34

floating garden

parking

gym & cafe

volleyball courts grand staircase

marina

beach beach

outdoor movie theater great lawn

floating garden

floating garden

oxbow-shaped wetland

temporary floodwall decks

KANAWHA RIVER

FLOOD RESISTANT STRUCTURE TEMPORARY FLOODWALL DECKS


The park is sloped gradually from the Kanawha Boulevard towards the Kanawha River, and the half of the park is occasionally flooded as the water level increases naturally. The natural flood will help the floodplain ecosystem recover. However, the floodwall decks will come up and become a temporary floodwall in the event of the Bluestone dam failure.

Section C-C’ : Normal water level C Bluestone dam failure flood level 600’

590’ 580’

10’

40’

10-15’

30’

10’

70’

5’

35’

hike & bike trail

turf

bio stream

beach

hike & bike trail

floodplain

riverside walk

floodplain

kanawha river

30’ grand staircases

road

road vege baffer bike lane

sidewalk bike lane

20’ temporary floodwall decks

564’ 5’ 5’ 11’ 11’ 5’ 5’

C’

Section C-C’ : Frequent flood level C Bluestone dam failure flood level 600’

590’ 580’

10’

40’

10-15’

30’

10’

70’

5’

35’

hike & bike trail

turf

bio stream

beach(sand)

hike & bike trail

floodplain

riverside walk

floodplain

kanawha river

30’ grand staircases

road vege baffer bike lane

road

sidewalk bike lane

20’ temporary floodwall decks

564’ 5’ 5’ 11’ 11’ 5’ 5’

C’

Section C-C’ : Bluestone Dam failure flood level C Bluestone dam failure flood lelvel 600’

590’ 580’

10’

40’

10-15’

30’

10’

70’

5’

35’

hike & bike trail

turf

bio stream

beach(sand)

hike & bike trail

floodplain

riverside walk

floodplain

kanawha river

30’ grand staircases

road vege baffer bike lane

road

sidewalk bike lane

20’ temporary floodwall decks

564’ 5’ 5’ 11’ 11’ 5’ 5’

C’

35


ECOTONE

rt w e e d

ma

h)

(Buttonb u is tal

alder) oth

edbud)

nR er

st

ea

g e) ed

s is ( E a

e family(S on

er

kerelwee

en ad

ic (P

reed) ur-

m spp.(B niu

ta ( rula Smo er

martwee (S

spp.( S um

s occid en thu an

ia cordata

um spp.

yle

w o rt)

Polygon

Sparga

.(Bulrus

)

Scirpus

s

Polyg

ny

) sh

Ceph al

Alnus

d

spp.(Pe n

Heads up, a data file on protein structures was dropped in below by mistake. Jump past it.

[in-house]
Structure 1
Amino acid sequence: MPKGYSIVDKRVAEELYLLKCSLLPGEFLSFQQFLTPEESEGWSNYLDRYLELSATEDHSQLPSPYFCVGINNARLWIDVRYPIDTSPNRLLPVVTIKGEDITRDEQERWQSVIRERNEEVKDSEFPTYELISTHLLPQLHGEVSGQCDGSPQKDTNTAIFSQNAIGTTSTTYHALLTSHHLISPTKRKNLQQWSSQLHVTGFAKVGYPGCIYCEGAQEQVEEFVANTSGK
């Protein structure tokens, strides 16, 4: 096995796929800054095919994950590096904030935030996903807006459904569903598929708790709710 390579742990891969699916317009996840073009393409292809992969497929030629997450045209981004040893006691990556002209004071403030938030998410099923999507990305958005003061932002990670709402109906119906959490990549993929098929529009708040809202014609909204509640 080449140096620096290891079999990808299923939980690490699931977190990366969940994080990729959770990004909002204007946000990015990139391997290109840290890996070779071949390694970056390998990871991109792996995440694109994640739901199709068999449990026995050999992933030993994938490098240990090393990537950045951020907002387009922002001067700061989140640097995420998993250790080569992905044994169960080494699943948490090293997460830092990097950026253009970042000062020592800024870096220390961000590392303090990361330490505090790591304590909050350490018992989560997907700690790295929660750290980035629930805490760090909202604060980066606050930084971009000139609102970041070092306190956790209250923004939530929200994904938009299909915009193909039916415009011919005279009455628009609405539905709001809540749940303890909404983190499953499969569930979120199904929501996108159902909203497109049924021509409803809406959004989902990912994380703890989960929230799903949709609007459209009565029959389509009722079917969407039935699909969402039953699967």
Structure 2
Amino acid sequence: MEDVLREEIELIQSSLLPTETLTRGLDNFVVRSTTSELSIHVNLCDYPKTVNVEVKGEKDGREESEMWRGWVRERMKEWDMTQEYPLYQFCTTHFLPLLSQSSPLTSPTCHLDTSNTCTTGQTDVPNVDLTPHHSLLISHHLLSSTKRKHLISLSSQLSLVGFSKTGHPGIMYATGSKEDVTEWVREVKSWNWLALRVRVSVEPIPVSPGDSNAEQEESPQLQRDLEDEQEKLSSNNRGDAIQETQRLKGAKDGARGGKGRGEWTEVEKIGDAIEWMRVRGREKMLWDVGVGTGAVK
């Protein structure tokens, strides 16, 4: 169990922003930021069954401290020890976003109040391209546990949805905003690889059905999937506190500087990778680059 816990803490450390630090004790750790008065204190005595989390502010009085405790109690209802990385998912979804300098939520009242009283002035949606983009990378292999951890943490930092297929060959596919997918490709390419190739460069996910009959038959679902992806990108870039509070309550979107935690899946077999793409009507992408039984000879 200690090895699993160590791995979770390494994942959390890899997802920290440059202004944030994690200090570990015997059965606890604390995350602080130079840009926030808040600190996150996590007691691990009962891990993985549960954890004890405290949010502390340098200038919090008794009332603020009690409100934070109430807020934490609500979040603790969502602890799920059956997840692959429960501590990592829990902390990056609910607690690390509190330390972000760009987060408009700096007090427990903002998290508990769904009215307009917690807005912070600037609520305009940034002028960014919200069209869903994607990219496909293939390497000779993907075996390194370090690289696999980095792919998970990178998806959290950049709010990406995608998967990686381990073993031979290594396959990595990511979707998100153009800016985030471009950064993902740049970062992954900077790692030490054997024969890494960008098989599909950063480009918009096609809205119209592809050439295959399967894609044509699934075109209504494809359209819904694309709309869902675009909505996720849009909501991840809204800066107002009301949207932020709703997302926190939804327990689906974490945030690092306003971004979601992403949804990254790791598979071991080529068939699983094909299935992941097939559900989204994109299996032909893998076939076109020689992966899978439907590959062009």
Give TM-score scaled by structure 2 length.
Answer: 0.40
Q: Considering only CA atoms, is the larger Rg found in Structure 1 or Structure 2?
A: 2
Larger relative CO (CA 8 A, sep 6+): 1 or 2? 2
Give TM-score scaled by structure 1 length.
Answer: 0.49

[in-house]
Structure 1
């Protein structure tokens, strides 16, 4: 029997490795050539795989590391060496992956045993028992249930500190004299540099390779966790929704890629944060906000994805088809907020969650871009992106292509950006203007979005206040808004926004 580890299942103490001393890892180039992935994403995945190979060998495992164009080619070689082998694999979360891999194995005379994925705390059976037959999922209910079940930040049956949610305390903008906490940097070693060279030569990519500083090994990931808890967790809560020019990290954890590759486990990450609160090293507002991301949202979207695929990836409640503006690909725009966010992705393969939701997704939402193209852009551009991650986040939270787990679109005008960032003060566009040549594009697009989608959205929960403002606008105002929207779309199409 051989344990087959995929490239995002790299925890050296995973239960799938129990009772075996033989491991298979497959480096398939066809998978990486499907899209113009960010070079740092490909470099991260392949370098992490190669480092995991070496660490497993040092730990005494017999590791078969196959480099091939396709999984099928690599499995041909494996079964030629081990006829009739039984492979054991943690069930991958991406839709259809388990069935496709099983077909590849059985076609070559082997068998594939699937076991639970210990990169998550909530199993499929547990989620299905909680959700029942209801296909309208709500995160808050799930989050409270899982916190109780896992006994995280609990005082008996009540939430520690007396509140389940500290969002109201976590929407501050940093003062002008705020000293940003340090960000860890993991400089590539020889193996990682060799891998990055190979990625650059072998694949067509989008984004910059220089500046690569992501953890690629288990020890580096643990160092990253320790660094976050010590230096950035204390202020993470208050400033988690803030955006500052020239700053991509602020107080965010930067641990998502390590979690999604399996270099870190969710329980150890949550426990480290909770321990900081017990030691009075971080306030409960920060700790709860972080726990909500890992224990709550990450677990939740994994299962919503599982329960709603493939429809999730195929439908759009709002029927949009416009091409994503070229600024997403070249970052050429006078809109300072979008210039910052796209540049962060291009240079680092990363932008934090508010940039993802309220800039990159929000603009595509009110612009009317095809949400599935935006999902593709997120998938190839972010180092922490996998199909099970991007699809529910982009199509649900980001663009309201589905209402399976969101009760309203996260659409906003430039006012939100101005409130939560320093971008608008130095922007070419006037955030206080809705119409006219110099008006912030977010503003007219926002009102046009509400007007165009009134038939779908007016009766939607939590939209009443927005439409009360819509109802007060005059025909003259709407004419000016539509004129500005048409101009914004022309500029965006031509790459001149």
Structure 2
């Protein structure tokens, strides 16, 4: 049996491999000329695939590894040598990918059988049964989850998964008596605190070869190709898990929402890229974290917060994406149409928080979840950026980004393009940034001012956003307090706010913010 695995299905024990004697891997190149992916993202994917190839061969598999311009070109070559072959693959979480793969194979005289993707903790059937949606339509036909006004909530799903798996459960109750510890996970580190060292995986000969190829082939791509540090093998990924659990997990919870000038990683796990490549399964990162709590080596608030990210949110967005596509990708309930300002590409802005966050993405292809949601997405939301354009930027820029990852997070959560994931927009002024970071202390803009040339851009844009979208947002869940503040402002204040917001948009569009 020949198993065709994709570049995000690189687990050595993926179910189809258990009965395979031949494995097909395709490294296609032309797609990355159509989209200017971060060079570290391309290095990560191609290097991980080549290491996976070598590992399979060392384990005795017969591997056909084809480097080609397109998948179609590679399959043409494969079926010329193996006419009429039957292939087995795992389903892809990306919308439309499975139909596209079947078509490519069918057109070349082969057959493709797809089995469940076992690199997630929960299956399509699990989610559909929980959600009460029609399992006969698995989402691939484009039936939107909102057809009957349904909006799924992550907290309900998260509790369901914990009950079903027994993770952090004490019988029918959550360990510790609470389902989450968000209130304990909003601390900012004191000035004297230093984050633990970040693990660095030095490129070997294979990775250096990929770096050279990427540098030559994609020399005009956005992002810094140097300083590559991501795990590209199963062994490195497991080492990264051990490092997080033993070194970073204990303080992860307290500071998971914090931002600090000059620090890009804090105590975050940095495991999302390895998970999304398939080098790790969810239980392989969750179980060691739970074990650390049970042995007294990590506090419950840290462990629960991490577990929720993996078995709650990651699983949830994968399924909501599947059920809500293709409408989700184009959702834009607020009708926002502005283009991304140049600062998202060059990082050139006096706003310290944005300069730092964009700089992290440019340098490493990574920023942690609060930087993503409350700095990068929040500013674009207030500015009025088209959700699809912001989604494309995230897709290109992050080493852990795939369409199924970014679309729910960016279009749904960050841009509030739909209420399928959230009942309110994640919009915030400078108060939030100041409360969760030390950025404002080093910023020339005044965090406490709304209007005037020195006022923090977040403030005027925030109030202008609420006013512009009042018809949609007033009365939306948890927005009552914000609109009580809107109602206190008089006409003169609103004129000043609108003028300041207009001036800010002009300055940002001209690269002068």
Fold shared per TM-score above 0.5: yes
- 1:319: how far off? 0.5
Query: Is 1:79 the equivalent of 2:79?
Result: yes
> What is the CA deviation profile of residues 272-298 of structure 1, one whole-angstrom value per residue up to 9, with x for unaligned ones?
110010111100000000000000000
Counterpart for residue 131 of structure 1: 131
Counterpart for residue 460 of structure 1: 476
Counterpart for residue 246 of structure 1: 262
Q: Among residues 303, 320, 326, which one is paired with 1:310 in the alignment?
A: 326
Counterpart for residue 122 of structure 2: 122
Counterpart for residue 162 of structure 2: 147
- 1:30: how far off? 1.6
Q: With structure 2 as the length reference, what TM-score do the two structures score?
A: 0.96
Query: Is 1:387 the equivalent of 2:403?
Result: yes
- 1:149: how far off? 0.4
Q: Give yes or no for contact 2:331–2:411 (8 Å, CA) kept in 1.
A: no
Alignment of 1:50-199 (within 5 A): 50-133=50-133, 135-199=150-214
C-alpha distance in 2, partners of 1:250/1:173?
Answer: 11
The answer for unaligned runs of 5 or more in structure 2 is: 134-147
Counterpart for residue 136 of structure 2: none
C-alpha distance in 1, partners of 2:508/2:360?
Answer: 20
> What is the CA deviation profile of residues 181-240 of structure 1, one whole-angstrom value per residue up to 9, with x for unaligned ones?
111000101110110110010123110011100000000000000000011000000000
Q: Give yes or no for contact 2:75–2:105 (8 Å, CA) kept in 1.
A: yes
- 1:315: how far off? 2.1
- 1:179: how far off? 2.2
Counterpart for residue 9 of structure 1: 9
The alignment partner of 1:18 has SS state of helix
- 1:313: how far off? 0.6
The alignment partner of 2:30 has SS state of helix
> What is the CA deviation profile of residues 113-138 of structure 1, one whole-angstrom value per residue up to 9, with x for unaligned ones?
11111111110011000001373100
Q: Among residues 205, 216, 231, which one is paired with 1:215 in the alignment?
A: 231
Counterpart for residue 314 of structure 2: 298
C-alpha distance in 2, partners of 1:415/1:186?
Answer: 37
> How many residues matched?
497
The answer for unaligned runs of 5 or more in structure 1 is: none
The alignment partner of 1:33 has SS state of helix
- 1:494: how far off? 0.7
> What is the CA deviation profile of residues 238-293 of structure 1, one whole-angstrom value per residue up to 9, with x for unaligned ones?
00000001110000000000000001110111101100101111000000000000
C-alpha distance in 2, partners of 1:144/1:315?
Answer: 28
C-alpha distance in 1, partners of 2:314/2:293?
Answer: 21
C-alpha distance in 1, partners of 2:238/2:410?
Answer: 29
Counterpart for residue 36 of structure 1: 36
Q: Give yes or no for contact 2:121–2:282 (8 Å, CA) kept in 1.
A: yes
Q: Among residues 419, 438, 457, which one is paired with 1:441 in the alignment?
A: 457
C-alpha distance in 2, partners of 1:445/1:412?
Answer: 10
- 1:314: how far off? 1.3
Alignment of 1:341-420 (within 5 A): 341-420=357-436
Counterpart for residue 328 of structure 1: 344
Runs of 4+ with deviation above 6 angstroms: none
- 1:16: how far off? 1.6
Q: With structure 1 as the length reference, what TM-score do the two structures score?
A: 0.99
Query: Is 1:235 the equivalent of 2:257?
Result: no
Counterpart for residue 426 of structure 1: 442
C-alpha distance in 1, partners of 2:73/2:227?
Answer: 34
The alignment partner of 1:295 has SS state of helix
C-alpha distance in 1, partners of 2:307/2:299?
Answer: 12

36

Hydrocot

Frequent flood level

d)

Cypera c

Ponte

580’

d)

Cercis ca n

590’

p sp

600’ Bluestone dam failure flood level

564’ KANAWHA RIVER

floodplain ecosystem restoration area riverside walk

floodplain ecosystem restoration area

hike &


le) ap .(Burr spp

er

relweed)

s p p. ( A ria

nR

a) ican )

d)

ee

o re m

entalis (syca cid

data (Pic or

w w h ea d llo

(Ulmus am

ke

elm

en ad

er

(suger m um

lawn

American

a

bioswale

P la t a n u s o c

Sagitt

beach

arganium Sp

tederia c )

hike & bike trail

r saccha r ce

P on

s is ( E a

st

& bike trail

Cercis ca n

edbud)

A

grand staircases

temporary floodwall decks bike lane

Kanawha Boulevard

37


CONCLUSIONS

38


MITIGATE THE RISKS OF THE HAZARD Upper stream Community: Blacksburg, VA

The part of the project in Blacksburg, upstream of the Bluestone Dam, could propose a practical stormwater management plan to mitigate the risk of the Dam failure. The guideline for stormwater management in Blacksburg will be able to reduce the impact of the future development to the environment and the risk of the Bluestone dam failure. This guideline also enables the city to save the cost for the development of new infrastructure, as well as enhance aesthetics, community engagement, and wildlife habitat, which will improve the sustainability of the city. This project also proved that LID strategy is a practical tool for flood management for the downstream community, and it is recommended to be applied to city planning more in the future.

RESPONSE TO THE HAZARD

Downstream Community: Charleston The part of the project in Charleston, downstream of the Bluestone Dam, could propose a planning and design to be able to respond to a Bluestone dam failure. It suggested that the flood resistant riverfront design from landscape architectural view will bring various benefits to the community. It would not only protect the community from flooding, but also enhance the environment, culture, economic, and quality of life as a river friendly city. However, the cost for the development, especially for the floodwall structure, will be one of the issues in this project. The cost would be less expensive than the total cost from the possible dam failure, and the benefits brought by the development will enhance the sustainability of the city. This project suggested the potential of landscape architecture that could play a great role to enhance the planning and designs in the field of disaster management, and it is recommended landscape architects to take part in the process of the disaster management more in the future.

39


40

Final Project - Landscape Architecture + Disaster?  

Landscape Planning and design for Natural Disaster Mitigation and Response from a design simulation of the Bluestone Dam failure